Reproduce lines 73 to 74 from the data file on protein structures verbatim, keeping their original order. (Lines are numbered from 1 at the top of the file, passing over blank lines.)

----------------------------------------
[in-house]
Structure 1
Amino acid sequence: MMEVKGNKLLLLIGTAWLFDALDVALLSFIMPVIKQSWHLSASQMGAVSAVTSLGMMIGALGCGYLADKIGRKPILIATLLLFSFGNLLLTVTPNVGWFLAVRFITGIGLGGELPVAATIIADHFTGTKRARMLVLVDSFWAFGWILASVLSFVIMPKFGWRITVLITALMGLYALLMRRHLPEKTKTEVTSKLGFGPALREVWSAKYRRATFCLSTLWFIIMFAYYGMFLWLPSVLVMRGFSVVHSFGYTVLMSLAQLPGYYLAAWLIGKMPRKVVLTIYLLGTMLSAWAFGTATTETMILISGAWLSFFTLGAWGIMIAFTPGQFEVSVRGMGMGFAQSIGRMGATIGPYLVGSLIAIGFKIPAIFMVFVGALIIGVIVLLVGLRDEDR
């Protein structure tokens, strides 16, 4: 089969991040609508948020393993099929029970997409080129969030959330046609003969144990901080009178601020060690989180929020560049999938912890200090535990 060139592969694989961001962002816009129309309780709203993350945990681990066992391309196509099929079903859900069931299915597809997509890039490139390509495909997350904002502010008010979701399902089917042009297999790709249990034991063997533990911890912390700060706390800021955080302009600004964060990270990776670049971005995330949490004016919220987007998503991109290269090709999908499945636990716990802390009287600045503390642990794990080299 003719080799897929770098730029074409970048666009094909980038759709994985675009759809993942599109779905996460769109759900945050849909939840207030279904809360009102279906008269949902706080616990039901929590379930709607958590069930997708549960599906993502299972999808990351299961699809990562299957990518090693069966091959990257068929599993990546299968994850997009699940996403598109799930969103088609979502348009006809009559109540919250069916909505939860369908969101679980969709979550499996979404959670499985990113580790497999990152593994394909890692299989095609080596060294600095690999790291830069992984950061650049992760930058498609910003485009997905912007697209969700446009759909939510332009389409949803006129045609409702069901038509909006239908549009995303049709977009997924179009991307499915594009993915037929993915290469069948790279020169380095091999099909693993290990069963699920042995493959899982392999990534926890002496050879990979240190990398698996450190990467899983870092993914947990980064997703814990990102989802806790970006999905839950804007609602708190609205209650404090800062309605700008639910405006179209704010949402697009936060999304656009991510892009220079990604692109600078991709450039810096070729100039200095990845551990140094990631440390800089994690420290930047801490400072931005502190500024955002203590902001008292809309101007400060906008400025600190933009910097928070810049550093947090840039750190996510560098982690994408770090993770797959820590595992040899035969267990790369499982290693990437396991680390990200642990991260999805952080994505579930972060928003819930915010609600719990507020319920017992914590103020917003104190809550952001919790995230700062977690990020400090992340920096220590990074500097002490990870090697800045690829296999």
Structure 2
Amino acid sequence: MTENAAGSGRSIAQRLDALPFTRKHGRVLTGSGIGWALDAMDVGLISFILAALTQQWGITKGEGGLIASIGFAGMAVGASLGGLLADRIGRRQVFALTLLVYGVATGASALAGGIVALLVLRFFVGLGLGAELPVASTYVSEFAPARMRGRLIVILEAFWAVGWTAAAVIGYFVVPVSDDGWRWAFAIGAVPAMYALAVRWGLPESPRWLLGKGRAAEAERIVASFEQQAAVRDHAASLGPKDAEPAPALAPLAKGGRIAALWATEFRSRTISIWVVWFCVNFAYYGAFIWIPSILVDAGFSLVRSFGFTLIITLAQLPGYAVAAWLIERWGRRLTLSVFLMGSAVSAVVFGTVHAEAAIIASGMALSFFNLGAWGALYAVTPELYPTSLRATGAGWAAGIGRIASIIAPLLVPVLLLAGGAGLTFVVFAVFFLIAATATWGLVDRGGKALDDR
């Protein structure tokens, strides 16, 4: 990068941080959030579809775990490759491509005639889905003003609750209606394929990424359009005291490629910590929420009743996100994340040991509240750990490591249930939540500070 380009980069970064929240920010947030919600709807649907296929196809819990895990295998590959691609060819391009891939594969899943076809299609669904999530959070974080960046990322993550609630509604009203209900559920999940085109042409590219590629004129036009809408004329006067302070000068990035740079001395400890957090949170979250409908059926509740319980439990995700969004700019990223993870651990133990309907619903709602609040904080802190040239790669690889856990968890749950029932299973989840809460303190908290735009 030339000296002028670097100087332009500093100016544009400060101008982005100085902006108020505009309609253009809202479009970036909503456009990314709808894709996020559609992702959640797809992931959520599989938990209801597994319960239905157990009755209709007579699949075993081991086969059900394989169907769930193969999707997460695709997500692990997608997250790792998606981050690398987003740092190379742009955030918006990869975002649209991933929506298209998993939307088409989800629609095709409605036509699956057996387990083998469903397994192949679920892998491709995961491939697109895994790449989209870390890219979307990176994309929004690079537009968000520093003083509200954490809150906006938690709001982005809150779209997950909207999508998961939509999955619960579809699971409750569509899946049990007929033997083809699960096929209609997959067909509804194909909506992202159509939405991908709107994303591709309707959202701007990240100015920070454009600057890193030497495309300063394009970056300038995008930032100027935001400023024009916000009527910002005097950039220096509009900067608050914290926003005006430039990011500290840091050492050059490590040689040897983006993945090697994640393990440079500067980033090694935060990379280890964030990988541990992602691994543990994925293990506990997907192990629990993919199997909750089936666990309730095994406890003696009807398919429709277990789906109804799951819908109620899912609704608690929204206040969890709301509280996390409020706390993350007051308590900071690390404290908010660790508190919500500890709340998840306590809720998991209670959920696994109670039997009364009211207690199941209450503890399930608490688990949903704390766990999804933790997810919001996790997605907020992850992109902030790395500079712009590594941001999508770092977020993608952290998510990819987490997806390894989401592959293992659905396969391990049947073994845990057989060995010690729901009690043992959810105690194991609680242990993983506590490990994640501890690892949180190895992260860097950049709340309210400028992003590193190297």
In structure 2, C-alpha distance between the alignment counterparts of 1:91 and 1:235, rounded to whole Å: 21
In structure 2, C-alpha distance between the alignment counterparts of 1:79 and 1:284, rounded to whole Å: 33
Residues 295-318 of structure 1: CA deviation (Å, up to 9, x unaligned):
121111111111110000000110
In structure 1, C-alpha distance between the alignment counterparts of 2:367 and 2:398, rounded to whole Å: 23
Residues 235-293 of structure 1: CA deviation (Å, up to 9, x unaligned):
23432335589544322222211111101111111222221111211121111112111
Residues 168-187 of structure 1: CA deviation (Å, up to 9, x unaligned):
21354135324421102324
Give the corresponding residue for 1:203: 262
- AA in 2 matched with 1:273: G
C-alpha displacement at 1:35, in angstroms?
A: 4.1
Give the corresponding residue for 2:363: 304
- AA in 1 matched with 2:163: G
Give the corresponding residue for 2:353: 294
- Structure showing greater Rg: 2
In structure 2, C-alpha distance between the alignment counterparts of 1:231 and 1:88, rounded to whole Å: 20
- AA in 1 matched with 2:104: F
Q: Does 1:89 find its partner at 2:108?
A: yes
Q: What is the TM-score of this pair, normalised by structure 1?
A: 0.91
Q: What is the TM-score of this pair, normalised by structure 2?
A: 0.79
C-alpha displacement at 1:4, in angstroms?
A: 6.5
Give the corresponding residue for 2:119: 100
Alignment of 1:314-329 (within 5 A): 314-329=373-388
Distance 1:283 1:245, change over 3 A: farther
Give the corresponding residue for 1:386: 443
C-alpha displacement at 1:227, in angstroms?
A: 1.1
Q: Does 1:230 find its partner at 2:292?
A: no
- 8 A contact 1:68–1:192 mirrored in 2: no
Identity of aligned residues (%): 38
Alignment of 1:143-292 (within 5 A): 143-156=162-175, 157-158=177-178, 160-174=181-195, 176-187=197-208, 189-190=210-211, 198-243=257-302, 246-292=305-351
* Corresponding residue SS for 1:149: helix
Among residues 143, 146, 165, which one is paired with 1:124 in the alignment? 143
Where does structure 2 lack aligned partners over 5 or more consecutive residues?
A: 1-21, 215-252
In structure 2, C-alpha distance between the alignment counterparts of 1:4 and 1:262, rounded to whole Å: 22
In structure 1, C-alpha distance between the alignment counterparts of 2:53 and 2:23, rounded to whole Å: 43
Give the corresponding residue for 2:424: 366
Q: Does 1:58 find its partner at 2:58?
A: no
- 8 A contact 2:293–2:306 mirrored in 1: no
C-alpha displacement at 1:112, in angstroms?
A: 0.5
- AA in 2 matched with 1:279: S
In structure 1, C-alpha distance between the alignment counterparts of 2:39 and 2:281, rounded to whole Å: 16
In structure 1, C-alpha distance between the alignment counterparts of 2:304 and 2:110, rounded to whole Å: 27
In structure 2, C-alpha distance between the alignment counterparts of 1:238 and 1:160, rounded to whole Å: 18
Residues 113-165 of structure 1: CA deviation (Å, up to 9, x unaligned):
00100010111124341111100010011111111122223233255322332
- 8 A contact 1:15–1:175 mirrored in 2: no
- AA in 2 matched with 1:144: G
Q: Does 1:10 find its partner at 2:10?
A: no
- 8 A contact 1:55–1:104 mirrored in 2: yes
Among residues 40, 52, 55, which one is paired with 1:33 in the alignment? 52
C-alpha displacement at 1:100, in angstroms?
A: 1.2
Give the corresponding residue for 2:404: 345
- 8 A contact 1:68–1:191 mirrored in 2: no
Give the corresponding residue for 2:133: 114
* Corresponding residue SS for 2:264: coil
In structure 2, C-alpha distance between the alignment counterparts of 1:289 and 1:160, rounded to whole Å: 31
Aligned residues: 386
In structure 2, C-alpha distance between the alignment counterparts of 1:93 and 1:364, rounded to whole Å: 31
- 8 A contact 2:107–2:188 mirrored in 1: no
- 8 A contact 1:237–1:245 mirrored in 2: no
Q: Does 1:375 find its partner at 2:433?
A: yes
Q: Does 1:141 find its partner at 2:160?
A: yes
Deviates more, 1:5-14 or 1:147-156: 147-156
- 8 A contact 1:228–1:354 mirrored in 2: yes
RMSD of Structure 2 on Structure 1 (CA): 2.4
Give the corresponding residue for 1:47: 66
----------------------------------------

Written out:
- 8 A contact 1:68–1:191 mirrored in 2: no
Give the corresponding residue for 2:133: 114